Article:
Rippikoulu – Musta Seremonia (1993)

Its name translating to “Black Ceremony,” Rippikoulu’s legendary demo was released only on tape at the time before being reissued by Svart Records seventeen years later, allowing for the democratisation of this powerful release for those would endure such a bludgeoning. Clear yet rumbling production allows for distinctly Finnish melodies in a simple death/doom form that is derived from the grindcore available at the time. Though this could be qualified as being a second or third tier Finnish record, very few are able to muscially evoke physical oppression as well as Rippikoulu.

The guitars are tuned down almost an octave lower but with tone sufficiently well adapted to allow for the notes to maintain distinction. Though there is a lack of higher frequencies in the guitar tone that makes itself particularly noticeable during the tremolo picked passages as the intricacies of the melodies are drowned out by the guitar tone. The bass is almost inaudible in its deep rumblings and follows the rhythm guitar religiously to add more impact. The drums are full and have a rockish bounce that enforces the physicality of the music presented here. The Finnish language with it’s longer vowels and few consonant clusters allow the vocalist to maintain long gravely bellows for extended periods of time. Sounding monstrous yet otherwordly at the same time.

The influence of British grindcore on the Finnish scene is transparent on Musta Seremonia. The melodies are orchestrated in three forms:

  • A slow grinding sequence of power chords as popularized by Autopsy and the subsequent Swedish bands.
  • Standard mid-paced power chord riffs that utilize the open string as pedal note, these riffs mainly serve in transitionning from the slower passages to the tremolo picked sections.
  • Long tremolo passages where the notes are maintained for a long time in an almost Black metal like cadence which serve as the explosions and climaxes of the compositions.

Through these three simple methods, Rippikoulu express its caveman like melodies effectively and directly without ever sounding tired or uninspired. The melodies exist within the sphere of the Finnish death metal scale which is the minor pentatonic with added chromaticism. While not as developed as their more musically verbose peers, the band still manages to convey emotions just as well. The palette of emotions does not contain much of a pensive quality which has come to define the Finnish movement, but that is not the objective of such physical music.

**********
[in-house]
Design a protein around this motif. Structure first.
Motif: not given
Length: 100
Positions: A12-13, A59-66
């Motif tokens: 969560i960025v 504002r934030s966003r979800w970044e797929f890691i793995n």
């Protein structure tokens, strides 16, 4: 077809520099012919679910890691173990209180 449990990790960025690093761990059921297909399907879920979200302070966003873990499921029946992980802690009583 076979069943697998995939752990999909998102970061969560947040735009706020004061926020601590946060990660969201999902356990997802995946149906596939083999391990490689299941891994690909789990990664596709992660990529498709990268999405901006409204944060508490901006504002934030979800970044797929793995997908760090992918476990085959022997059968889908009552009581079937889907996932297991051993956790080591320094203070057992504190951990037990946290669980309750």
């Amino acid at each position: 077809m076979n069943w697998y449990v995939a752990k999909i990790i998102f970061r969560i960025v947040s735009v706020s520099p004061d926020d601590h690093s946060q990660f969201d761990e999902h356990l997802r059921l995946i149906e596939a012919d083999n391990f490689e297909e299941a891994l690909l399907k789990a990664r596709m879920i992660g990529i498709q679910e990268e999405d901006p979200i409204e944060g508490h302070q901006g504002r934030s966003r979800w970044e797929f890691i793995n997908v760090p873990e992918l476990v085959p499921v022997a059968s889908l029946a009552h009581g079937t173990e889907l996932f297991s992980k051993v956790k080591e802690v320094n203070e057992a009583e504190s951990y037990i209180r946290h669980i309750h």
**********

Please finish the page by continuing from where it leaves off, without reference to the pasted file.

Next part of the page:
Arrangements straddle the line between the grindcore development/deconstruction and the death metal riff maze. Compositions start with a simple four note motif that morphs continuously throughout each song without giving way to new ideas. The compositions distinguish between climax and conclusion. The climaxes are the very simple cadenced tremolo picked with the vocals bursting on top that lead to the conclusions. The conclusions are the slow power chords riffs that are almost skeletal and seem to be there only for texture until the keyboards and various fills flesh out the entirety of the melody and conclude each track in a satisfactory manner. The guitar fills and the keyboard play more developed melodies against the deconstructed sequences, showing that truth can only be obtained through corporal hardships.

Musta Seremonia stands head and shoulders above the majority of death/doom acts as it eschews the typical self-pity and the over dramatisation that would characterize the genre and its obsession with prioritizing bass frequencies in every instrument rather than creating powerful music. The main issue with Musta Seremonia is that the whole demo could have been compressed into a singular composition as each song does not vary from its predecessor and therefore the demo plays through in a blur due to the lack of distinction between the tracks. The short length of the demo saves this from becoming too problematic. Though this can never be considered a classic, Musta Seremonia remains a great piece of art for particularly difficulty physical exercise or long expeditions in challenging conditions, this is the music for brainless determination in the face of adversity.

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6 thoughts on “Rippikoulu – Musta Seremonia (1993)”

  1. Mike Pence says:

    DMU has reviewed Satan’s albums in the past. They just released a new record.

    Satan “Cruel Magic” (FULL ALBUM)

    1. Not worth. Sometimes sounds like Megadeth approaching cheap music structures.

  2. Jay says:

    Finland always did it better than Sweden, but Swedes made pop music that was easily digested by the masses.

    1. bloodypulp says:

      Sounds like a dirty rutabaga pissed in someones snowcone

      1. Flying Kites says:

        Pull those rutabagas out before the frost hits the dirt.

    2. Lupe Fuentes says:


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